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FBI Believes Eric C. Conn Had Help Escaping Home Detention
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Eric Conn

Summary: In a turn of events, an attorney accused of submitting false Social Security claims removed his ankle device and has gone on the run.

The Eastern Kentucky lawyer who absconded from home detention likely had help, according to a Federal Bureau of Investigations agent. Attorney Eric Christopher Conn was on home detention with an ankle monitoring device until his sentencing hearing in July until he disappeared. The state’s top FBI agent is confident that he had help.


Agent Amy Hess said in a news conference, “We’re actively pursuing the consideration of charges against any of those individuals.” The likelihood of charges appearing against family or associates is strong in the coming weeks as the investigation into his whereabouts continues. Hess mentioned that some charges may appear early next week. She added, “We believe that it would be unlikely for him to flee and remain in his escape status at this point without some type of additional help, so therefore we’re pursuing all angles as to who might be helping him currently.”

Hess also explained during the news conference that the longer Conn is on the run, the more charges he will face in addition to what he already has. His attorney, Scott White, urges Conn to surrender. He said, “My goal has been to get Eric to surrender – it is 100 percent in his best interest to do that.” If he surrenders before being charged with additional charges, they could be handled as bond violations instead of criminal charges. If he surrenders or is caught after receiving more charges, the consequences will be more severe. White said, “In that case, the number of years he is facing in prison will dramatically increase.”

Conn used to be one of the top Social Security disability attorneys in the country. He had an office in Floyd County and lived in nearby Pikeville. He found himself in trouble when it became evident that he was submitting false claims for his clients. He pleaded guilty to submitting false medical information and to bribing a Social Security Administration judge in March.

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Conn was required to testify against a Pikeville psychologist Bradley Adkins who helped Conn by signing false mental-impairment evaluations used in some of the cases. Conn spent most of the day before his disappearance in Lexington testifying. When he returned home that evening, he cut off his electronic ankle monitor and hasn’t been seen since.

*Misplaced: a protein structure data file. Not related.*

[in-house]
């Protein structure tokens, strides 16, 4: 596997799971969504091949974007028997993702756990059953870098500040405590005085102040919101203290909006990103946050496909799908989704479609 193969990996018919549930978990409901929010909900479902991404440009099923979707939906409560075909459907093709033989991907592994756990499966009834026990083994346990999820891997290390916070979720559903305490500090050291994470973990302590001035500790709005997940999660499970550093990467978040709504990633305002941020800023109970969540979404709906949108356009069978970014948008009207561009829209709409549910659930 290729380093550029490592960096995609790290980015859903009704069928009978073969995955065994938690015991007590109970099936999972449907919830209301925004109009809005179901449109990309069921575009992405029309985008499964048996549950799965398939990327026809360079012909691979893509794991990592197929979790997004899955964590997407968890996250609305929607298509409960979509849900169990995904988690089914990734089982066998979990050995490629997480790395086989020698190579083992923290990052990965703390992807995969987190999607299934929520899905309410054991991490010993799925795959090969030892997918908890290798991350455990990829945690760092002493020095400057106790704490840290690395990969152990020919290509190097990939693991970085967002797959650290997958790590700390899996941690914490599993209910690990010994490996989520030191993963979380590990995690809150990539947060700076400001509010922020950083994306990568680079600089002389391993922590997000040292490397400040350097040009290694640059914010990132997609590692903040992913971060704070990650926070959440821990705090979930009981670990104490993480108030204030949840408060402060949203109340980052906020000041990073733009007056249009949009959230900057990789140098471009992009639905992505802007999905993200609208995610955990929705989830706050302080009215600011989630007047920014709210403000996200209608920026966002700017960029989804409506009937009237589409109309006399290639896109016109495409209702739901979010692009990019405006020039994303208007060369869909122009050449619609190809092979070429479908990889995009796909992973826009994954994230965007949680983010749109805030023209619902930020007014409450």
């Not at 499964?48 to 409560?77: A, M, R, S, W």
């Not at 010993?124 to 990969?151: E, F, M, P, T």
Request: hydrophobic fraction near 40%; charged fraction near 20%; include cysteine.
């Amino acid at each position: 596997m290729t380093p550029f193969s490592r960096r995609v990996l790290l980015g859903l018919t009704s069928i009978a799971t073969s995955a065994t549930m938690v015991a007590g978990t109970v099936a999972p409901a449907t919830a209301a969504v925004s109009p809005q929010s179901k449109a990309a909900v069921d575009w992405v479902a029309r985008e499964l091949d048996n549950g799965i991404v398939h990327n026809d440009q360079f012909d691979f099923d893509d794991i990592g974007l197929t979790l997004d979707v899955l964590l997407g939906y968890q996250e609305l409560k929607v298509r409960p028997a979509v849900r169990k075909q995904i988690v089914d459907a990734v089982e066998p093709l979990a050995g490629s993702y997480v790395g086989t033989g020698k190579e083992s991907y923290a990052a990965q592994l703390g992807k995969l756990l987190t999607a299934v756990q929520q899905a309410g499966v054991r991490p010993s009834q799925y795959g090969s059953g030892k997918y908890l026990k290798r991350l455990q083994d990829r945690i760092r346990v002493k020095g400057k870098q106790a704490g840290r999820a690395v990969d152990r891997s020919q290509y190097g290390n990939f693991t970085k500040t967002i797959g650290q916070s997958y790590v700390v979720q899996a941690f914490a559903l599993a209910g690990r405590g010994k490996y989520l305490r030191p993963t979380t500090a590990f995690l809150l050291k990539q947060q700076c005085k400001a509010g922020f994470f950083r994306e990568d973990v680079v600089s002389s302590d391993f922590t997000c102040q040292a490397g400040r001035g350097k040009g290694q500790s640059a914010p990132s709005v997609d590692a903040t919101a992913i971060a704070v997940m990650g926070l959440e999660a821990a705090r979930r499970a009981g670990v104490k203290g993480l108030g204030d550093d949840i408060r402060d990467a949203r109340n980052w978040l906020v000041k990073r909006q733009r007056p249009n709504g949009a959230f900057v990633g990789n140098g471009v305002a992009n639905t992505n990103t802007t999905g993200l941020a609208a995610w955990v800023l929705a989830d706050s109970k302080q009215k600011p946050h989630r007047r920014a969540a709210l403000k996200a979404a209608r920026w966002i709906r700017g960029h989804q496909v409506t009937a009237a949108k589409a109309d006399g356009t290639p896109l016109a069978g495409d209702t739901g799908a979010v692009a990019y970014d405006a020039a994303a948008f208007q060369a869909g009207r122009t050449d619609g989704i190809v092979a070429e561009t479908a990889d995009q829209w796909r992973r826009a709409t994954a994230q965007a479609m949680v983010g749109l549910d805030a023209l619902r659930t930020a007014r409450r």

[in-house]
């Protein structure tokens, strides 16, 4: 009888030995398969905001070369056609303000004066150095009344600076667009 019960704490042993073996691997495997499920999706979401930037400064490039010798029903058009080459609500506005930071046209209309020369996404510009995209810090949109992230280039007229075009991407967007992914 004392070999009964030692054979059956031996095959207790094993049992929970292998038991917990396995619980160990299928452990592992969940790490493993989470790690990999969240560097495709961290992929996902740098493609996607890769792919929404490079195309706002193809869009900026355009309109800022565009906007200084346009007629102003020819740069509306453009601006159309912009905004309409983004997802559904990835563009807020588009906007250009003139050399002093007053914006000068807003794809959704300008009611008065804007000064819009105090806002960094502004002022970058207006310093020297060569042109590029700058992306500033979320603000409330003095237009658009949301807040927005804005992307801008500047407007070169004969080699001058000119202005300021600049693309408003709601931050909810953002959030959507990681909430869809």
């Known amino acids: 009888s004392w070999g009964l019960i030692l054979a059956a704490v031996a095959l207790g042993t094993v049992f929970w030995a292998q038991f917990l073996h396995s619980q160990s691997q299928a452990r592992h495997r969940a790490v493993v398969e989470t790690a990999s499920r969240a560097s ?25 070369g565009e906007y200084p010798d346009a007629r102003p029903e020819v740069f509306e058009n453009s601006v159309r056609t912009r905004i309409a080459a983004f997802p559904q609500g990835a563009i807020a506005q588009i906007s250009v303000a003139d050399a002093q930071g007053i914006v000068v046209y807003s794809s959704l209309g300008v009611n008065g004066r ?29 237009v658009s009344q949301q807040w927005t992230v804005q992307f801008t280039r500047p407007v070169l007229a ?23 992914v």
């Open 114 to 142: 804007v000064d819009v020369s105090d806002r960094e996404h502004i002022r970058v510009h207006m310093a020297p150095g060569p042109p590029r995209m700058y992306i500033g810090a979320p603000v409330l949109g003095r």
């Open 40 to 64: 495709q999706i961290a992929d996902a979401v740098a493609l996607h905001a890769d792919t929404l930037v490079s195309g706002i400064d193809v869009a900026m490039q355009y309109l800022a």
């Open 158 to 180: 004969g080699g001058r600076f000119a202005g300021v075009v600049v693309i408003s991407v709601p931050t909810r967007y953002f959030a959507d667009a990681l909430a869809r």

Officials believe his time spent testifying likely played a role in his decision to run. The FBI is confident that he is still in the country based on tips they have been receiving. They are busy working with other agencies like the U.S. Customs and Border Protection to ensure he stays in the country and is not able to cross a border.

They have searched his office, a series of connected mobile homes in Stanville, and his mother’s home and car. They suspect her car was used to help him flee but other cars may have been used as well.

An email was sent by someone claiming to be him to the Herald-Leader on June 9 stating that he was upset that the others charged in the case were getting less jail time so he fled. Judge David B. Daugherty faces a maximum of four years for taking $609,000 in payoffs from Conn between 2004 and 2011. Daugherty’s boss, Charlie Paul Andrus, pleaded guilty to retaliating against the Social Security employee that turned Conn and Daugherty in. He has a maximum of ten years behind bars. Conn was facing a maximum of 12 years in prison before he ran away.

Another email sent from his account details the terms of his surrender. The email wants the FBI to publicly acknowledge that Conn has no history of violence and that he fled because of the unfair sentence he was facing compared to the judges. The email also wants the FBI to clarify that the statement made by Hess at an earlier news conference about not approaching him was not in regards to a specific concern.

Hess explained that while Conn has no history of violence, “When someone flees to escape sentencing, to escape being held accountable for their actions, we believe that they do present a potential danger to the community.” The FBI is offering a $20,000 reward for information leading to his location and arrest.

Do you think Conn only fled because his sentence length was unfair? Tell us in the comments below.

To learn more about the case, read these articles:




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